But as Clinton transitions to a new, more intense phase of her campaign, expect her to get personal.
Clinton has said her mother, who passed away in 2011, is her biggest role model and the woman from whom she learned valuable lessons about resilience.
Over the years Clinton has often shared her mother’s life story, which was full of trauma and abuse. In Clinton's telling, Dorothy Rodham was abandoned by her parents as a young girl and sent to live with her unloving paternal grandparents in California. At the age of 14 she left home and found work as a housekeeper.
"No one had a bigger influence on my life or did more to shape the person I became," Clinton wrote of her mother in her most recent memoir, "Hard Choices."
Clinton’s decision to take a more personal tone is consistent with her campaign’s overall strategy to humanize the former secretary of state. Over the past few weeks, for example, Clinton has often told stories about her father, a small business owner, and her 9-month-old granddaughter, Charlotte.
Earlier this week, Clinton joined Instagram and posted a photo that joked about her pantsuits.
And next week, Clinton’s campaign is expected to release a biographical video about her life.
"She is a well-known figure but when you're asking the American people to support you as president, even if it is for the second time, there is no skipping of steps," Clinton campaign communications director Jennifer Palmieri said in a statement. "If you want to understand Hillary Clinton, and what has motivated her career of fighting for kids and families, her mother is a big part of the story. The example she learned from her mother's story is critical to knowing what motivated Hillary Clinton to first get involved in public service, and why people can count on her to fight for them and their families now."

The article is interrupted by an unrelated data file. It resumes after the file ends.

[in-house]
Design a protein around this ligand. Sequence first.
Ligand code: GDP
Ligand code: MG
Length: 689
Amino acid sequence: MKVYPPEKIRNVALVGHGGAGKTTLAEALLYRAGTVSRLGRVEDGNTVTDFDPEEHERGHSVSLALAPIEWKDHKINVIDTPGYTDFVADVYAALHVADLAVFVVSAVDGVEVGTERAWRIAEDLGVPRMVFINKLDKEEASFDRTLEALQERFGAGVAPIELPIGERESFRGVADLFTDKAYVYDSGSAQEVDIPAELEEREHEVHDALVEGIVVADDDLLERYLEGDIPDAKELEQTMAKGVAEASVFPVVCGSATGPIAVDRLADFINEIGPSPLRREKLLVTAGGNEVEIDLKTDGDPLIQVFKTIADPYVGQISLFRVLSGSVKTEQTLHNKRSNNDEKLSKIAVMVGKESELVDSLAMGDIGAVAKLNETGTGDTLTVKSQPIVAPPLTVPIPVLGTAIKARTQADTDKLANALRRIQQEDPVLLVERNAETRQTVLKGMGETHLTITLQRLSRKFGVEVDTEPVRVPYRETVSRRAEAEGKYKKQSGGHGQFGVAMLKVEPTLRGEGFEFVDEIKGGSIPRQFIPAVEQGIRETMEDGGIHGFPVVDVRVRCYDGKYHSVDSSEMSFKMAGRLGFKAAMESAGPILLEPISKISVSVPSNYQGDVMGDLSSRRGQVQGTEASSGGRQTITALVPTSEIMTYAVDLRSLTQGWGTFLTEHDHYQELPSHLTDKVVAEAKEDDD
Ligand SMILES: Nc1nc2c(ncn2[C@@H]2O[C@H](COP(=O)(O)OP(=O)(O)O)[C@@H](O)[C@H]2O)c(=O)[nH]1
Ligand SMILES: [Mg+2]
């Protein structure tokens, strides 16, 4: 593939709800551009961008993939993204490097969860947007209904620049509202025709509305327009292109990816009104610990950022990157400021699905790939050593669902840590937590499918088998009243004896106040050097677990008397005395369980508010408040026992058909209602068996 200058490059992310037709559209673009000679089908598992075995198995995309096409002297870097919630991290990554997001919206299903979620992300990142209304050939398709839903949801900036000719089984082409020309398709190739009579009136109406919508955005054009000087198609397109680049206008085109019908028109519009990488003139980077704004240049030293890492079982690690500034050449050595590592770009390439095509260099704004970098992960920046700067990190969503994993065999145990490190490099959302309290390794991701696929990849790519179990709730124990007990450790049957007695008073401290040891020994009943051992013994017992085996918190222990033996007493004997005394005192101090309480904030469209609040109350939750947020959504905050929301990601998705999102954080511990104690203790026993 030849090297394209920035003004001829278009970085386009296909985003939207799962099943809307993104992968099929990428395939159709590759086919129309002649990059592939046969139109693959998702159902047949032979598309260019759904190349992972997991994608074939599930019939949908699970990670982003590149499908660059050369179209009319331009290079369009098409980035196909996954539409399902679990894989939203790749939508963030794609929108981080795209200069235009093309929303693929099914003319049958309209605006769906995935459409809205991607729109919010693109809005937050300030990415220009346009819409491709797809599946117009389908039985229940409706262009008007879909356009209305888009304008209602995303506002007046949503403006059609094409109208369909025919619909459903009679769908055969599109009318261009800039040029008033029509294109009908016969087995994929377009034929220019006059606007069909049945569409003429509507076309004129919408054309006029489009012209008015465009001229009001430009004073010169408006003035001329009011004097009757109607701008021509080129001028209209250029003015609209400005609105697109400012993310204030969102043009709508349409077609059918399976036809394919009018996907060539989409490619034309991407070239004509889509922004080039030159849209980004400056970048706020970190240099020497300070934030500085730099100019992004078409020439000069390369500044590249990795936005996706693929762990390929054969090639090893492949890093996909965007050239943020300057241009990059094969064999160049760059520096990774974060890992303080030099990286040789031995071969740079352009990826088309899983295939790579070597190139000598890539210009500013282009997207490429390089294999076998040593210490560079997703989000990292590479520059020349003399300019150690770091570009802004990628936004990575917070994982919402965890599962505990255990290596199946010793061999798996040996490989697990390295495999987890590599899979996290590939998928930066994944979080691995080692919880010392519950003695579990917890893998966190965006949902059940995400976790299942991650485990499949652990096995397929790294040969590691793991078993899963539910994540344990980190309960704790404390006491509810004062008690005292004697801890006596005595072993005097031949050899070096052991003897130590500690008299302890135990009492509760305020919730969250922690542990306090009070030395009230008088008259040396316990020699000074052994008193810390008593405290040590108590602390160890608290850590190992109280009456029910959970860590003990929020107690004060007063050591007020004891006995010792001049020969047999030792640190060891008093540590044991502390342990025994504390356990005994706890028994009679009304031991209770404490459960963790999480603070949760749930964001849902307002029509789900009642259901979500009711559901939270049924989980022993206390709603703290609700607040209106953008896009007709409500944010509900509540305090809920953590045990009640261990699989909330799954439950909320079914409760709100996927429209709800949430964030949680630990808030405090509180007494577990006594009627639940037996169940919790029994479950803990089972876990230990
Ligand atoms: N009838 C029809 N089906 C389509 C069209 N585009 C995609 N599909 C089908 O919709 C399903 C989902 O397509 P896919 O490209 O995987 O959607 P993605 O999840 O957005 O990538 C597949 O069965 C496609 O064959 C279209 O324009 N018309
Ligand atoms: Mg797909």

On Saturday, Clinton also plans to re-introduce her vision for the country and touch on the policy issues -- particularly domestic ones -- that she will make a priority of her campaign. And she will lay out what aides say will be a choice between her ideas and those of the Republican presidential hopefuls.
Following the rally, which will take place on Roosevelt Island between Manhattan and Brooklyn, Clinton will embark on a five day swing through all four early voting states: Iowa, New Hampshire, South Carolina and Nevada. She is expected to take many of the same themes, including her mother’s story, with her on the road.